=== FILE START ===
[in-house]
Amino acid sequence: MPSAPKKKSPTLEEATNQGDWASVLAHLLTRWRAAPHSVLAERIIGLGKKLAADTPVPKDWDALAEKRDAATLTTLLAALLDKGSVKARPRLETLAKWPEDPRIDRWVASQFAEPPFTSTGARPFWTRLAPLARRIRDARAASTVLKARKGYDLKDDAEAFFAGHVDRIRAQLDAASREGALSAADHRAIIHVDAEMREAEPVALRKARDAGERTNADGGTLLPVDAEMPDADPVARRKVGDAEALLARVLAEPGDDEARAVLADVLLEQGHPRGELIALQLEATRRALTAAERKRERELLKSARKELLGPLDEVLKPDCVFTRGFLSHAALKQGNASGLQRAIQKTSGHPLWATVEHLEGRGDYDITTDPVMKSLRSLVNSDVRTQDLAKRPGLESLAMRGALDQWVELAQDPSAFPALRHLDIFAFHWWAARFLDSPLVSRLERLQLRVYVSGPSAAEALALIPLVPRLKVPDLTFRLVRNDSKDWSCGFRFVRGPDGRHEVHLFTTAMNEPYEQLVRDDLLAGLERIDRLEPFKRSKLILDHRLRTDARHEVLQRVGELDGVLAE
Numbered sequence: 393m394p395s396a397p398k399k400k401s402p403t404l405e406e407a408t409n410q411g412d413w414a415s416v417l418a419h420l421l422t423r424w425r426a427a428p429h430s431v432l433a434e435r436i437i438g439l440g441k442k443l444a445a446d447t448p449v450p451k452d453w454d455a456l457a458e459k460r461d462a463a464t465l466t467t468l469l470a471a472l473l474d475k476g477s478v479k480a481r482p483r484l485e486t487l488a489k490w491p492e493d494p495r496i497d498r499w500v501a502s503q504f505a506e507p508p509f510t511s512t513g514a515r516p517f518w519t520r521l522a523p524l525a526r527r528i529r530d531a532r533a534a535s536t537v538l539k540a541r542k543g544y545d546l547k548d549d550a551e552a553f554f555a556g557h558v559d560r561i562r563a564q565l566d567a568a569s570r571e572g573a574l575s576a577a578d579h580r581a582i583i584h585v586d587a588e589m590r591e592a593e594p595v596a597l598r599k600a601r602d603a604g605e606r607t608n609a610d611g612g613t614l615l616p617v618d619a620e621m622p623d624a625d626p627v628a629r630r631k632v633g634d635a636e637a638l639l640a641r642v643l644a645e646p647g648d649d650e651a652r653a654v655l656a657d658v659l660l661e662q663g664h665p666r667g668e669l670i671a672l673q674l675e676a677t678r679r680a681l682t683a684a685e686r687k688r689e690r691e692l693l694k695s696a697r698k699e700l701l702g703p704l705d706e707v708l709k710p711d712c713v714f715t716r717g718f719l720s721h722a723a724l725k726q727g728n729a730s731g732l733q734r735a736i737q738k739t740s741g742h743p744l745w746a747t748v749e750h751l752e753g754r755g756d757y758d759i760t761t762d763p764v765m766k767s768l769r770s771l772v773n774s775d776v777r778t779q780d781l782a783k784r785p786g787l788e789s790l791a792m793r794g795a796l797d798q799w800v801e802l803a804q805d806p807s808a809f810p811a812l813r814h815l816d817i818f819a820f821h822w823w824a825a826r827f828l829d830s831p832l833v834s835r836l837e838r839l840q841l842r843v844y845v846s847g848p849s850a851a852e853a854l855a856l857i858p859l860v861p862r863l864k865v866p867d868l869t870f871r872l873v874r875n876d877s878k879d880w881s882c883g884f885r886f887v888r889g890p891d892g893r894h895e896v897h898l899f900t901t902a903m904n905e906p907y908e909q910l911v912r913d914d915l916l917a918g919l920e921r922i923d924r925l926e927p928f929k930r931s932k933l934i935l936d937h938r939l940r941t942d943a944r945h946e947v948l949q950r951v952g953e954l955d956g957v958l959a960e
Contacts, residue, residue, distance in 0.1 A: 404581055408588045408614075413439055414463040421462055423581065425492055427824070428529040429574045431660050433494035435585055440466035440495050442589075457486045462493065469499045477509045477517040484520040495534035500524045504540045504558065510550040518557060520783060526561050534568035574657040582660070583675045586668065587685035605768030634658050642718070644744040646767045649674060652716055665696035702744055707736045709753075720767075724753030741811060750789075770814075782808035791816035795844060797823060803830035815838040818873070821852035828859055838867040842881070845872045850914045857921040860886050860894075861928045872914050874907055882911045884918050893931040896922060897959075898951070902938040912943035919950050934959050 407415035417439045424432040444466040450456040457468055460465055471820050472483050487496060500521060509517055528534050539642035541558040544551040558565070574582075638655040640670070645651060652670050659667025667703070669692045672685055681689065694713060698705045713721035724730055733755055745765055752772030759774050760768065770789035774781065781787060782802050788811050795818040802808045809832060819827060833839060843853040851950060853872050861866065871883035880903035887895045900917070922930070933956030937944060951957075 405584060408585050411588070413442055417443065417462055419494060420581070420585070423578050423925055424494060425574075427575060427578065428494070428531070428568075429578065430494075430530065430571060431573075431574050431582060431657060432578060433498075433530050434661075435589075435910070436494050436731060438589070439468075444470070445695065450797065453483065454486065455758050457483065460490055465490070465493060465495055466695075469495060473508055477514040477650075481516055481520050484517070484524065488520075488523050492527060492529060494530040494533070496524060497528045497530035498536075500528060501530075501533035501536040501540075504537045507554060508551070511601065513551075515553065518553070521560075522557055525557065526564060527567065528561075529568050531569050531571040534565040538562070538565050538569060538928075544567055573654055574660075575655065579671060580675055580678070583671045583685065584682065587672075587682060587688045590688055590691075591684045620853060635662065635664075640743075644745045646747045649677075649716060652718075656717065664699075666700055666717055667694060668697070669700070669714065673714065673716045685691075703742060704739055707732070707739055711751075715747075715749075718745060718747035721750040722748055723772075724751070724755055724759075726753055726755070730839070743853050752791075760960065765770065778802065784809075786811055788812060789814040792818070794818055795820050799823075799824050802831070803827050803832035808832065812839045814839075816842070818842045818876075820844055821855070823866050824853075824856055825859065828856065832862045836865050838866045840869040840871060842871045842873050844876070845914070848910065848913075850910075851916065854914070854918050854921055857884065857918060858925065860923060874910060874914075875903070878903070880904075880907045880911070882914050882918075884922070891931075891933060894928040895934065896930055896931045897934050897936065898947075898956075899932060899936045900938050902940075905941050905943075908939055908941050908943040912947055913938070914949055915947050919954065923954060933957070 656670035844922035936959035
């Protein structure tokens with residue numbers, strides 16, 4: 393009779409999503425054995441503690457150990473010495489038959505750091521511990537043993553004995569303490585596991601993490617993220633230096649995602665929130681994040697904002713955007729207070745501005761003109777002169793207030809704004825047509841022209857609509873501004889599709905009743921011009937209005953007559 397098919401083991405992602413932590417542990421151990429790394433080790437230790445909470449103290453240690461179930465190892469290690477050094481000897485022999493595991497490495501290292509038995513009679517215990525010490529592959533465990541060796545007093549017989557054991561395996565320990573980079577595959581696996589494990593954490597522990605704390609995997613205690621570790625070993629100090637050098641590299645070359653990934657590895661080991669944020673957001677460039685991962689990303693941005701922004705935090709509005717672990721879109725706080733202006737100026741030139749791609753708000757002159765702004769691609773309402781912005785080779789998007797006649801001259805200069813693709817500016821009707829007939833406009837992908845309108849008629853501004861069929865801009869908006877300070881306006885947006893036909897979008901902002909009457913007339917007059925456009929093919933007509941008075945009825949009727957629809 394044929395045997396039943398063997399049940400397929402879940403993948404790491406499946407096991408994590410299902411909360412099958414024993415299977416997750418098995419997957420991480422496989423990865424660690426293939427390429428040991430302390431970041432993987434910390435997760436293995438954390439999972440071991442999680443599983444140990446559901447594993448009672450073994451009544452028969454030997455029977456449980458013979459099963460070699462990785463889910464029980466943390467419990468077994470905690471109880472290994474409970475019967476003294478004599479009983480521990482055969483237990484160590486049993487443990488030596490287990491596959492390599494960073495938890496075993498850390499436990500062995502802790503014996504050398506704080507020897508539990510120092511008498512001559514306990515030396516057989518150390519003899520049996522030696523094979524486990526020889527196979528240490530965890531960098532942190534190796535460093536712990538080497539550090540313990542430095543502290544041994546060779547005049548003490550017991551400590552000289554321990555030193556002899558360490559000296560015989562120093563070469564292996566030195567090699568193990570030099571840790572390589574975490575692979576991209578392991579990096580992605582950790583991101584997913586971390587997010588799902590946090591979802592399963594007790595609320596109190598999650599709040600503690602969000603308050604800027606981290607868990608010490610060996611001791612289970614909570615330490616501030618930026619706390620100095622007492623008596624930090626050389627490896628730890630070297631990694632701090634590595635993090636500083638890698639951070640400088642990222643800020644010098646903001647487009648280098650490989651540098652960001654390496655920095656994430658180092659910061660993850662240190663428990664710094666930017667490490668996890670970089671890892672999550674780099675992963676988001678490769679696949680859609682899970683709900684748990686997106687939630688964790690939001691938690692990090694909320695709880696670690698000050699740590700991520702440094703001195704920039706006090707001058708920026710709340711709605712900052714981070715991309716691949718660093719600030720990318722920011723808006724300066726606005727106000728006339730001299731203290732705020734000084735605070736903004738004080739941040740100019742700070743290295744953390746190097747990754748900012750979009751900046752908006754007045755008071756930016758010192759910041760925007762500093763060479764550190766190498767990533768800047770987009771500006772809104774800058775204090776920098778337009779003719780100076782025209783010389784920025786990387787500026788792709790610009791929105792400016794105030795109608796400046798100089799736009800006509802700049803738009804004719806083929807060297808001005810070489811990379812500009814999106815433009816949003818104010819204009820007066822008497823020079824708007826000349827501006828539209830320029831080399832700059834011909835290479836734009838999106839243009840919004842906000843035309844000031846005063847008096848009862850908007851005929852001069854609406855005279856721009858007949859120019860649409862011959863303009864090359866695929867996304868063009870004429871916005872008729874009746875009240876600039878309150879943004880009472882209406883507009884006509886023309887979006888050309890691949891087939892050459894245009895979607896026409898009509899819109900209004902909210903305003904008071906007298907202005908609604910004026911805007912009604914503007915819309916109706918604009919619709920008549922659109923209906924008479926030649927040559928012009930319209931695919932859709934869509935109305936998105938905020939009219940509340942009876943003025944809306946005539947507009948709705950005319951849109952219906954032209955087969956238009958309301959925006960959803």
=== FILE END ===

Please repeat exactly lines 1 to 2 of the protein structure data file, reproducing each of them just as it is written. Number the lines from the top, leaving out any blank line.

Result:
[in-house]
Amino acid sequence: MPSAPKKKSPTLEEATNQGDWASVLAHLLTRWRAAPHSVLAERIIGLGKKLAADTPVPKDWDALAEKRDAATLTTLLAALLDKGSVKARPRLETLAKWPEDPRIDRWVASQFAEPPFTSTGARPFWTRLAPLARRIRDARAASTVLKARKGYDLKDDAEAFFAGHVDRIRAQLDAASREGALSAADHRAIIHVDAEMREAEPVALRKARDAGERTNADGGTLLPVDAEMPDADPVARRKVGDAEALLARVLAEPGDDEARAVLADVLLEQGHPRGELIALQLEATRRALTAAERKRERELLKSARKELLGPLDEVLKPDCVFTRGFLSHAALKQGNASGLQRAIQKTSGHPLWATVEHLEGRGDYDITTDPVMKSLRSLVNSDVRTQDLAKRPGLESLAMRGALDQWVELAQDPSAFPALRHLDIFAFHWWAARFLDSPLVSRLERLQLRVYVSGPSAAEALALIPLVPRLKVPDLTFRLVRNDSKDWSCGFRFVRGPDGRHEVHLFTTAMNEPYEQLVRDDLLAGLERIDRLEPFKRSKLILDHRLRTDARHEVLQRVGELDGVLAE